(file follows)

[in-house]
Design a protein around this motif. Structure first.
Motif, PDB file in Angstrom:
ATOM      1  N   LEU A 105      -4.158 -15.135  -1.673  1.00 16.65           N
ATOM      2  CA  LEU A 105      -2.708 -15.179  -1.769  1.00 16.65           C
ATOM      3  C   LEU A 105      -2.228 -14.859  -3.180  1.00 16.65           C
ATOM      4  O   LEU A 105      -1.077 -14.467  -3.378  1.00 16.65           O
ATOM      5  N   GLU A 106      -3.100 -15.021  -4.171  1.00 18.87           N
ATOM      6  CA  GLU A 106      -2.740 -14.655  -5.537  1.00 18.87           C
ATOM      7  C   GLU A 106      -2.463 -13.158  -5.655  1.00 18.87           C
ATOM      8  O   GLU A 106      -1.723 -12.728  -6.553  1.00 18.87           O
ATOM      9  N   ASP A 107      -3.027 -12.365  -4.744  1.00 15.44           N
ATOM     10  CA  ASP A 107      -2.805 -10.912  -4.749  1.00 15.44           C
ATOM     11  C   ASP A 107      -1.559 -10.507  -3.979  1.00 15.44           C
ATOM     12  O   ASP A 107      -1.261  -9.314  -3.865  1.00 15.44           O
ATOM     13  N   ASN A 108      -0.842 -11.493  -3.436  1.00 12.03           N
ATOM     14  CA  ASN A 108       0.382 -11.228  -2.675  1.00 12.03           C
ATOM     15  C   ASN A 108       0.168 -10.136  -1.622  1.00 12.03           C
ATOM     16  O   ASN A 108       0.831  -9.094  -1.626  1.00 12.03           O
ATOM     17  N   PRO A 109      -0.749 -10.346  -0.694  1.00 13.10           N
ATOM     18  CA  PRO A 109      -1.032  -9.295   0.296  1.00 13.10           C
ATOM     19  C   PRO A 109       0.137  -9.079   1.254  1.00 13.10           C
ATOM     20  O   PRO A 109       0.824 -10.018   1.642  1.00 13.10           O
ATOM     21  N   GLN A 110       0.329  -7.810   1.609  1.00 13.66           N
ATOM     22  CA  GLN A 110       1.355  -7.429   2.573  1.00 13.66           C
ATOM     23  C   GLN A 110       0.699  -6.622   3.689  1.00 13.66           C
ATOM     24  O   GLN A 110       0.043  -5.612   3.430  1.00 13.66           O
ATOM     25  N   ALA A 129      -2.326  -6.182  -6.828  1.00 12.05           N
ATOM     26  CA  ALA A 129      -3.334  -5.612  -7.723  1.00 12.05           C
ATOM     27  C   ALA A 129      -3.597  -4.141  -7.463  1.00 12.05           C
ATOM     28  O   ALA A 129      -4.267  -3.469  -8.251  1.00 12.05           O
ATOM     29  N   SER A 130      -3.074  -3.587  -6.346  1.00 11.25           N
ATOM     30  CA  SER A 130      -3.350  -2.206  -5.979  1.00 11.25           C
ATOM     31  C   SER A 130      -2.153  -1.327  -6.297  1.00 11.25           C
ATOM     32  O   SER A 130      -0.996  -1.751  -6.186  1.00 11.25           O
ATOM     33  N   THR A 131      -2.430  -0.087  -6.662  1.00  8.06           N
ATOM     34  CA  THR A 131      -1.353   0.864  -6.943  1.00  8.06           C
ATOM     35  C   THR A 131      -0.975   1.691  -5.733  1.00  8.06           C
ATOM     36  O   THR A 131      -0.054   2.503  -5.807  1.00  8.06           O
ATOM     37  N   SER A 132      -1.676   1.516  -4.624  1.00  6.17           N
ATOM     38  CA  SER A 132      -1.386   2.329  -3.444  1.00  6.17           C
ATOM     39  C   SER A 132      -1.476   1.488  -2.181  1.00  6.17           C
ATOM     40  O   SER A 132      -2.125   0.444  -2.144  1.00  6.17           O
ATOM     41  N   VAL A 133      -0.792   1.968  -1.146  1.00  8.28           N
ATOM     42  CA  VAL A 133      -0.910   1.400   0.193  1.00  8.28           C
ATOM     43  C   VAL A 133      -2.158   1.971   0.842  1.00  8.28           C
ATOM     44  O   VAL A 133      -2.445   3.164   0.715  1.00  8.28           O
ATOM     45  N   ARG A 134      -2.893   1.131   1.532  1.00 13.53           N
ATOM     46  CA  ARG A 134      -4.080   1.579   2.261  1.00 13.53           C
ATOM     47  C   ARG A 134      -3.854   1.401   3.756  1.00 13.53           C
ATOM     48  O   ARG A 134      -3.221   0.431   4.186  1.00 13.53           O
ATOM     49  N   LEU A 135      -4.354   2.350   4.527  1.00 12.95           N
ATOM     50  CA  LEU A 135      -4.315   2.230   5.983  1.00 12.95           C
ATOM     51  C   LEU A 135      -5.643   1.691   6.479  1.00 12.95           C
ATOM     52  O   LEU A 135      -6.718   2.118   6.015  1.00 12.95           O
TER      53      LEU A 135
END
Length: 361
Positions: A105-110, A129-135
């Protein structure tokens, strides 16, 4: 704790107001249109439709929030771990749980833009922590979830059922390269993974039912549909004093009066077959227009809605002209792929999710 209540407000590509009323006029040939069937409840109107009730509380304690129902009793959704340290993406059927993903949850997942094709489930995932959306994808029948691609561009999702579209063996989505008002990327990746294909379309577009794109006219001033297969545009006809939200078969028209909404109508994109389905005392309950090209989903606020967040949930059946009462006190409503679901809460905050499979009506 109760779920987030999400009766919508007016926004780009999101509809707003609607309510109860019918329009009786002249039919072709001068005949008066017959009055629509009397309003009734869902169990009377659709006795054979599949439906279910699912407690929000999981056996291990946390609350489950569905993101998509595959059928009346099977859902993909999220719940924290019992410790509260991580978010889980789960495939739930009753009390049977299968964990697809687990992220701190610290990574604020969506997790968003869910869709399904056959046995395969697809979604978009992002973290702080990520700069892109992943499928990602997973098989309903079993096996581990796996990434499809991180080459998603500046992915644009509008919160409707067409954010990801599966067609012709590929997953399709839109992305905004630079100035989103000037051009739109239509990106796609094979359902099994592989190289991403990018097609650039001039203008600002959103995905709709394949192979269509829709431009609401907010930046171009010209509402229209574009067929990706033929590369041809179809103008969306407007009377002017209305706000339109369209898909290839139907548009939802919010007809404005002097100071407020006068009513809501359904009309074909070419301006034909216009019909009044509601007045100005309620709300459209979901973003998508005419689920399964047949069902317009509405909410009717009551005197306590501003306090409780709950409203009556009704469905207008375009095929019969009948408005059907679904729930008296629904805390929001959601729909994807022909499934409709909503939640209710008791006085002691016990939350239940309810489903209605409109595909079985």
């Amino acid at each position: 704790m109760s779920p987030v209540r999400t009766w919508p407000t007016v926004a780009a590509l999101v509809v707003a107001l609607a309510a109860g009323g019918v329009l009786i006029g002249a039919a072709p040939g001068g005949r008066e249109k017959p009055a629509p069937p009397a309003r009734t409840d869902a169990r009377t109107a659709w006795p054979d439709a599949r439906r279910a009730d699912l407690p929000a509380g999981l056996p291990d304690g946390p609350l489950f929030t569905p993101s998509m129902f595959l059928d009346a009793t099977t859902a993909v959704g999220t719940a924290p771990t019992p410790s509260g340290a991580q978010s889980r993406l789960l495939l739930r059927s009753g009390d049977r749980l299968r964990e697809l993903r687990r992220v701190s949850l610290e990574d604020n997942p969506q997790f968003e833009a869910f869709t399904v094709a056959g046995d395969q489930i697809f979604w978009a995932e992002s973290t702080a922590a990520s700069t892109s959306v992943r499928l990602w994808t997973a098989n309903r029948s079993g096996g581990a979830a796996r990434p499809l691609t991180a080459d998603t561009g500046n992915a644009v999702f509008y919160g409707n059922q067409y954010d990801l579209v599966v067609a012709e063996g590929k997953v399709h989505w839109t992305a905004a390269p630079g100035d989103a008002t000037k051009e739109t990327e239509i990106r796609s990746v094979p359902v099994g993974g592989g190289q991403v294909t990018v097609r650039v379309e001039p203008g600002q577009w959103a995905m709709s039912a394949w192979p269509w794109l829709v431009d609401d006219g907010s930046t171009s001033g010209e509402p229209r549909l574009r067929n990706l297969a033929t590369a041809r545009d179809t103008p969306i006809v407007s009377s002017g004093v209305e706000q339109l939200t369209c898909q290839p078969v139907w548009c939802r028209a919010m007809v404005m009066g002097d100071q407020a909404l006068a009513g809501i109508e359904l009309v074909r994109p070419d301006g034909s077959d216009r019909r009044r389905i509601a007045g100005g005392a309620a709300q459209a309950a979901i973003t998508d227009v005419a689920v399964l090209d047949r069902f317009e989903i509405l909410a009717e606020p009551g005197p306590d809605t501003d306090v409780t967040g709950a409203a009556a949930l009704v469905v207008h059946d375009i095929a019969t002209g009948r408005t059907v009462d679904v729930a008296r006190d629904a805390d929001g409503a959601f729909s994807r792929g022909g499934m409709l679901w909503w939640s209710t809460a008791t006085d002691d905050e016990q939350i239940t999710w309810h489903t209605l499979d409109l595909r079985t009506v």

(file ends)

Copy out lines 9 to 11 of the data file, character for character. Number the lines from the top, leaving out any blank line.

ATOM      6  CA  GLU A 106      -2.740 -14.655  -5.537  1.00 18.87           C
ATOM      7  C   GLU A 106      -2.463 -13.158  -5.655  1.00 18.87           C
ATOM      8  O   GLU A 106      -1.723 -12.728  -6.553  1.00 18.87           O